Top critical review
7 people found this helpful
what a shame
on 26 May 2012
Well acted and directed, a very intriguing, unconventional (if brutal) story, an extremely touching heroine. There is a lot to said for this Series. It is noticeable that several reviews here are by viewers who have read the original book. I wish I had, because this would certainly have helped me in trying to understand more clearly what was going on.
Presumably it is in the name of "realism" that actors mumble their lines. People mutter and mumble in real life -so in order to be "realistic", should actors mumble too ? The trouble is, acting is NOT "real life", it is art. The actors have to provide a bridge between the viewer and the story that is happening in front of them, this is their job. If the audience can't understand what the actors are saying, then the link between viewer and performance breaks down.
These were interesting actors, but I had difficulty understanding at least half of what they were saying, and therefore found it very hard to follow the nuances of the plot. You ask yourself: doesn't it matter to the actors if the words they speak can be understood or not ? Maybe this is not thought important ? Maybe "mumbling" is the fashion, like it was after Marlon B.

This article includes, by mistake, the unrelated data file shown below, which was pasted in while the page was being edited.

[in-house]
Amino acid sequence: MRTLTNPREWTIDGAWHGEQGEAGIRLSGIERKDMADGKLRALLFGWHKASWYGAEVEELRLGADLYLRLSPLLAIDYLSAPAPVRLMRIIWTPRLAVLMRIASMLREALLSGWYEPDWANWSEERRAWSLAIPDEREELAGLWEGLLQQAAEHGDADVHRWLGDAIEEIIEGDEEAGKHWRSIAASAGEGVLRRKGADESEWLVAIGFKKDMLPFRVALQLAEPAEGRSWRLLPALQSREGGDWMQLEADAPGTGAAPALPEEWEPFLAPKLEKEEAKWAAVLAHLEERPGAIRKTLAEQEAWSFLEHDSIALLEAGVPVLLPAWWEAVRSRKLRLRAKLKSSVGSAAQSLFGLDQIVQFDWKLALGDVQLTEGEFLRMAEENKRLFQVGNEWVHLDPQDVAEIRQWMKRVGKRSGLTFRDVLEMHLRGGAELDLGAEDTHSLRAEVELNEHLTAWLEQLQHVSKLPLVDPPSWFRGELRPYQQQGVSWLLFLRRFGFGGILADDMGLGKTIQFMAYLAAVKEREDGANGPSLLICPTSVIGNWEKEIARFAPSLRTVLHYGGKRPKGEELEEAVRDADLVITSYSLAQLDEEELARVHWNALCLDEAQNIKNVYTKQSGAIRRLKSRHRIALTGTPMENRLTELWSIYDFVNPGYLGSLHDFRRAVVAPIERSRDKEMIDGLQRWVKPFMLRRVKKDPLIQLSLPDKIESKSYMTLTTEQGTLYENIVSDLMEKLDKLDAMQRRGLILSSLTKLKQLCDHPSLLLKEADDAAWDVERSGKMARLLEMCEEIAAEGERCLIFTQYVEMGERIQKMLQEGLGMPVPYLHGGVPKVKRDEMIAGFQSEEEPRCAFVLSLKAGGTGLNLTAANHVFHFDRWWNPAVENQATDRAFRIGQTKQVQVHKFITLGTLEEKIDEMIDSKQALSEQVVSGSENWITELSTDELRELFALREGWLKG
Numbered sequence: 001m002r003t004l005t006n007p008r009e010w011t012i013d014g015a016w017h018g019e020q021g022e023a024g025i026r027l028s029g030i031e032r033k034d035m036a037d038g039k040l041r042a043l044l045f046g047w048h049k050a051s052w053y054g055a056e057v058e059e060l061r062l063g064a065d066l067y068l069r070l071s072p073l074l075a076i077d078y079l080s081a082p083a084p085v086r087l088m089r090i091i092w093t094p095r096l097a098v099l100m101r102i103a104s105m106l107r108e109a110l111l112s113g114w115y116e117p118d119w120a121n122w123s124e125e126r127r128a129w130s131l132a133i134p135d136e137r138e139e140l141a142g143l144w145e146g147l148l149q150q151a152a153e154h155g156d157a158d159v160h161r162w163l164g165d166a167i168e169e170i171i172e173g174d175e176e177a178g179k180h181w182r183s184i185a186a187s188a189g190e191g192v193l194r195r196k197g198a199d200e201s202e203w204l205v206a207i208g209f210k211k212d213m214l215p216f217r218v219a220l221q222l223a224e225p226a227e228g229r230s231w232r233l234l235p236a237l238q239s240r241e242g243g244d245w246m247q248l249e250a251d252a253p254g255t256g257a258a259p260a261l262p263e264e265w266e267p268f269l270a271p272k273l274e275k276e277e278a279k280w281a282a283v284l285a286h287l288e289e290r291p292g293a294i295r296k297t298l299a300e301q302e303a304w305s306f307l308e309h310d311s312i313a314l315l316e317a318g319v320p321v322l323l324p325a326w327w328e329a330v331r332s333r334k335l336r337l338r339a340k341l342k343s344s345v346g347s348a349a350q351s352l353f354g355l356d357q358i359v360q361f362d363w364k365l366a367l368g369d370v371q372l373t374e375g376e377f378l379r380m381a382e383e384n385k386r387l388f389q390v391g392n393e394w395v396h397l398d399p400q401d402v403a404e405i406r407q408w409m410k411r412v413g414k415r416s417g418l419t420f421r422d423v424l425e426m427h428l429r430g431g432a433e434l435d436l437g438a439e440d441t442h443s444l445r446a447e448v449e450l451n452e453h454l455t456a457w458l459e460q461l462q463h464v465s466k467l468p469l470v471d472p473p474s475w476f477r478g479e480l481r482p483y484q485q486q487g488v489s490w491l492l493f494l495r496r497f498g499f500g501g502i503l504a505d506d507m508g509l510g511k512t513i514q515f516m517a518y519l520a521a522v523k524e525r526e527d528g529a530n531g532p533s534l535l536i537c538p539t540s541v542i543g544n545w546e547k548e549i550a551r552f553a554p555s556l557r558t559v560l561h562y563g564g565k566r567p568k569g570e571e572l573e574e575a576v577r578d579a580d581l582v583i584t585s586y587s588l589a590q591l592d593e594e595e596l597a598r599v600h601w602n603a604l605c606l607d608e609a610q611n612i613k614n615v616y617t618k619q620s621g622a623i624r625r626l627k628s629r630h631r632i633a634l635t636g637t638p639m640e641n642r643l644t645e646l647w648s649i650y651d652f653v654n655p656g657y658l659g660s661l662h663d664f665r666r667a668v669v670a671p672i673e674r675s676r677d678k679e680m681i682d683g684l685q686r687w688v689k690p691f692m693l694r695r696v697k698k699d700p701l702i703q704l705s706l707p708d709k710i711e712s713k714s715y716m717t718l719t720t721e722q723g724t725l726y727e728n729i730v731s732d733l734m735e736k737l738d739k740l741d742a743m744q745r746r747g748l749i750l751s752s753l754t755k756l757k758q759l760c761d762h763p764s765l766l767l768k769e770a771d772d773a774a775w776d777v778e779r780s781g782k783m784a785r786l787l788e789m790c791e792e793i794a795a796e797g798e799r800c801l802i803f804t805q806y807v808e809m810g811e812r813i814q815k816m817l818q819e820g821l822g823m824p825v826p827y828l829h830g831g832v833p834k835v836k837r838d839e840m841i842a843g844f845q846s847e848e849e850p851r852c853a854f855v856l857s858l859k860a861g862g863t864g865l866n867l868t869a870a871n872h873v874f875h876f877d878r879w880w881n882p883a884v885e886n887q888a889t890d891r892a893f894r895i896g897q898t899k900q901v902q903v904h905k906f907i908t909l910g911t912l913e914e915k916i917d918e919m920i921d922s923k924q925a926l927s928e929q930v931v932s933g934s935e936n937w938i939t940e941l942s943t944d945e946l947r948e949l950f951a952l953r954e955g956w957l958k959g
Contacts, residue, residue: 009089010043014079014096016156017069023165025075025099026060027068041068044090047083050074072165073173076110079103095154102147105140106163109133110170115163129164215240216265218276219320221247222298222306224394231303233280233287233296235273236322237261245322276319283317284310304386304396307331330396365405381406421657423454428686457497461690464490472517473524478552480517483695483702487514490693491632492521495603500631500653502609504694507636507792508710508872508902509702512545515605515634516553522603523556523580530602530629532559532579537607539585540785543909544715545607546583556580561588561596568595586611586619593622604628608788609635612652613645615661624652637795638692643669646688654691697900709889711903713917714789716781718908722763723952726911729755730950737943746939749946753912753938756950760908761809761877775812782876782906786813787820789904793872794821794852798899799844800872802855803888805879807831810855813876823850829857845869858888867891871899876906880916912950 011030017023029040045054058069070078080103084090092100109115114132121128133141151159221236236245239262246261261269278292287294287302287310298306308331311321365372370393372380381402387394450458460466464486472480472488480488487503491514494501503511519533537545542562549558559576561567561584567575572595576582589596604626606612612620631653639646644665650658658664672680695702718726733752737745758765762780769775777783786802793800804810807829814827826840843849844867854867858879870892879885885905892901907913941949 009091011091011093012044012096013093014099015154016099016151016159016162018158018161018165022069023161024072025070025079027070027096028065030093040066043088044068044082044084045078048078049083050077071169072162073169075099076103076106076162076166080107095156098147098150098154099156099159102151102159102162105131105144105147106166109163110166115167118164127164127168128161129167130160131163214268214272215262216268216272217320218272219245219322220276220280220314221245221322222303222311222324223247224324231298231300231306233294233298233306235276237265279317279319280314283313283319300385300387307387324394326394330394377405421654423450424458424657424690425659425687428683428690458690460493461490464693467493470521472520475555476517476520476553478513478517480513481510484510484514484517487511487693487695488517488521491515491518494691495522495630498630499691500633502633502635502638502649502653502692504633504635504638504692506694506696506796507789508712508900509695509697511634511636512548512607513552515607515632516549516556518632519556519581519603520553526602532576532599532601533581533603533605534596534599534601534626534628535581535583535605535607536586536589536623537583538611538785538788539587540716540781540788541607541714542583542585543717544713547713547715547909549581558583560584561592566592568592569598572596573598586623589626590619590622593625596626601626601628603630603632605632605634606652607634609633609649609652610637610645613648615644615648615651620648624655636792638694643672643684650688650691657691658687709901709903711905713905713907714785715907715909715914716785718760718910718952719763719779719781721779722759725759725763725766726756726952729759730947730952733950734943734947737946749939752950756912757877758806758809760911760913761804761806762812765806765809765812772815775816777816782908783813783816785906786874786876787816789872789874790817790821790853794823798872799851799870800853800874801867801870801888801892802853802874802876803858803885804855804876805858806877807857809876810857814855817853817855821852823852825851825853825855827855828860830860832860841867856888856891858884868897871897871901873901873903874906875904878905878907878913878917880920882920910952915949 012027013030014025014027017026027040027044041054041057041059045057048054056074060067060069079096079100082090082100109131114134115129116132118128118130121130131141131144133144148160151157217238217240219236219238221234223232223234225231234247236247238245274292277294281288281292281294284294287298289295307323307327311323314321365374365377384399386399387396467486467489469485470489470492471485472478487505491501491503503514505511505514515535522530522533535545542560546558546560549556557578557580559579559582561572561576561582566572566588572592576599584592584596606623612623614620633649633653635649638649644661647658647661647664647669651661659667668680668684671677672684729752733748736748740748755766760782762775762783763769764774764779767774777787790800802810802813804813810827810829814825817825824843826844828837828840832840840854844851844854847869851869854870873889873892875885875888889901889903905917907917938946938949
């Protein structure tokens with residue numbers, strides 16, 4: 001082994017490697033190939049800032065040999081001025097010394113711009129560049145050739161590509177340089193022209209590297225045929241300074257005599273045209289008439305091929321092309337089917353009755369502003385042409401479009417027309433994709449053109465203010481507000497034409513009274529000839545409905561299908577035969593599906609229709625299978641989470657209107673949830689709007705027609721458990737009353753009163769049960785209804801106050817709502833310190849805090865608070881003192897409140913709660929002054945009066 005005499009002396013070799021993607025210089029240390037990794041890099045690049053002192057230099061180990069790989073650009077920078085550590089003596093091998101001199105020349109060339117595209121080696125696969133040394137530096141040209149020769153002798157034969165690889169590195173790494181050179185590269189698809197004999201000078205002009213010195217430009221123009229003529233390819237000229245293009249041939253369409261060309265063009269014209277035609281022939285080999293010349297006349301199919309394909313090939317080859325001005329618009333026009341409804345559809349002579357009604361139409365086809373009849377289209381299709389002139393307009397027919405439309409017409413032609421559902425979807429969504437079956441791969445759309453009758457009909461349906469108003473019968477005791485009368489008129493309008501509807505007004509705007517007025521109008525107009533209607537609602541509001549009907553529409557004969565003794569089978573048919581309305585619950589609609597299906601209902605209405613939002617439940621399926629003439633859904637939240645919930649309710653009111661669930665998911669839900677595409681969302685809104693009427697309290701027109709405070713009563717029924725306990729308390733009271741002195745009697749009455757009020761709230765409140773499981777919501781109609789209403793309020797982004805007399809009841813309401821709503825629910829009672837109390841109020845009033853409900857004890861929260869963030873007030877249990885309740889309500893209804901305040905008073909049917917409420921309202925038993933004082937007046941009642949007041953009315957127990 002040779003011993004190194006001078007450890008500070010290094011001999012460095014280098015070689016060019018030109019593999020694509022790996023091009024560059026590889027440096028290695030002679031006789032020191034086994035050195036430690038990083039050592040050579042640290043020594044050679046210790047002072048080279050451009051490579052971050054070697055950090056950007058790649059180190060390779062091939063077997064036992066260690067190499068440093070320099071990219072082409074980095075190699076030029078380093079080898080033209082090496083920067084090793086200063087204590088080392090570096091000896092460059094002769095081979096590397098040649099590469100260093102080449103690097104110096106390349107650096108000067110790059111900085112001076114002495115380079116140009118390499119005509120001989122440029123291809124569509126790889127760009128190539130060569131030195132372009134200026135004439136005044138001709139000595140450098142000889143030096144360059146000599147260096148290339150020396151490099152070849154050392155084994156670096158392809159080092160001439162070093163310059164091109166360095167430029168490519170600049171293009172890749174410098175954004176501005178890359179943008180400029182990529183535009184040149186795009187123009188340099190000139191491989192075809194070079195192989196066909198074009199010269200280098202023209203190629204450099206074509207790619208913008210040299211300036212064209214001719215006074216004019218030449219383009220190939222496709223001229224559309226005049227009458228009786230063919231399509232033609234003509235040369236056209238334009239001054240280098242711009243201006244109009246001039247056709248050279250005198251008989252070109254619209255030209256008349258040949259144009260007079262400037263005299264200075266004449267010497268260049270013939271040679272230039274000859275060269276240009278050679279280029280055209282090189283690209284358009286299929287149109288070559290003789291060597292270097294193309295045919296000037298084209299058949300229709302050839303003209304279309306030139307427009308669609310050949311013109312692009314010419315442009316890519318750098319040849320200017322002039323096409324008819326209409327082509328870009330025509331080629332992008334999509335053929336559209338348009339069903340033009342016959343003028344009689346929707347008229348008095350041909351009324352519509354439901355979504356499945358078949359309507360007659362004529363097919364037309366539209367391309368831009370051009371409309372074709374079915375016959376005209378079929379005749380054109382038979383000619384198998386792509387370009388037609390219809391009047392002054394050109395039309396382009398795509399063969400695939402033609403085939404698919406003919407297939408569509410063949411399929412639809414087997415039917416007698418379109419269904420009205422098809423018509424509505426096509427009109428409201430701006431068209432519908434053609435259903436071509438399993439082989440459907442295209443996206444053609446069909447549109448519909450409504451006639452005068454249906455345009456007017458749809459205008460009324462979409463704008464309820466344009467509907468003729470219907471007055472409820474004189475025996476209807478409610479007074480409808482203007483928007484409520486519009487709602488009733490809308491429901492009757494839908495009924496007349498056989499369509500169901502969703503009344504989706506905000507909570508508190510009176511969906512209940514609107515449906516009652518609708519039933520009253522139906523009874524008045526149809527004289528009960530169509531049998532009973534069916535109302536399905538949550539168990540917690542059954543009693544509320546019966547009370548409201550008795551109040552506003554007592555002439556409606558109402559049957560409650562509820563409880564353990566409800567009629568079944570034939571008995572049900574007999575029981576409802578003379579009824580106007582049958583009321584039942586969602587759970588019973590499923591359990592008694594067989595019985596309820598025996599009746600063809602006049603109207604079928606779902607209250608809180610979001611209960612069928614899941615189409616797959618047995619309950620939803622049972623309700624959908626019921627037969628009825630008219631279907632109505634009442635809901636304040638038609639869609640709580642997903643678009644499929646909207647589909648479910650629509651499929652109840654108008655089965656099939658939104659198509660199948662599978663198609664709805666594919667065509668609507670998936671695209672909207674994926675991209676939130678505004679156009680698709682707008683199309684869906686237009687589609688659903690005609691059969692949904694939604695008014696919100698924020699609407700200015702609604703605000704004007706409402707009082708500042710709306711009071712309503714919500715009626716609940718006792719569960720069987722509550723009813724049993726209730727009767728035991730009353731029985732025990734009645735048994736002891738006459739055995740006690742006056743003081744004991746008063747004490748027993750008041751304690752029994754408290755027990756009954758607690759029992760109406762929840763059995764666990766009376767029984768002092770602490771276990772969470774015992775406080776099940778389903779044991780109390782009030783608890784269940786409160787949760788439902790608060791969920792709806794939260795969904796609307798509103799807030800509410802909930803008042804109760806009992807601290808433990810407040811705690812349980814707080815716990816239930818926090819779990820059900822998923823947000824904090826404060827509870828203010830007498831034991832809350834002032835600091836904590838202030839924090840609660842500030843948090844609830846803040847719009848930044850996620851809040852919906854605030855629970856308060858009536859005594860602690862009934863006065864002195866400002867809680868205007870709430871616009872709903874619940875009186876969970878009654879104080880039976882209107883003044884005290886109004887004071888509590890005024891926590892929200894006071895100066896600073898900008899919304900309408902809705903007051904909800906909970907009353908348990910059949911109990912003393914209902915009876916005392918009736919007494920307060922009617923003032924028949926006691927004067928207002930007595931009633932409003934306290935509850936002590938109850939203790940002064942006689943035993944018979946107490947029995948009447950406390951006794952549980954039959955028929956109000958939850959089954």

It may be that most people are prepared to endure mumbling from actors (here, we aren't given much choice) - but personally I feel I'm MISSING something if I can't get the words. When I'm watching a drama, I want to KNOW what these people are really SAYING. It's no fun to be continually asking, "What did he say??" In my view the words in "The Crimson Petal" count just as much as they do in Shakespeare.
I could say, I'm paying for the WORDS when I buy the DVD - and I would like my money's-worth please ! What a contrast to (for example) the "Mad Men" soap-opera, where every word is spoken with absolute clarity by all the actors. Our friends the Americans are now teaching the English how to enunciate their own language.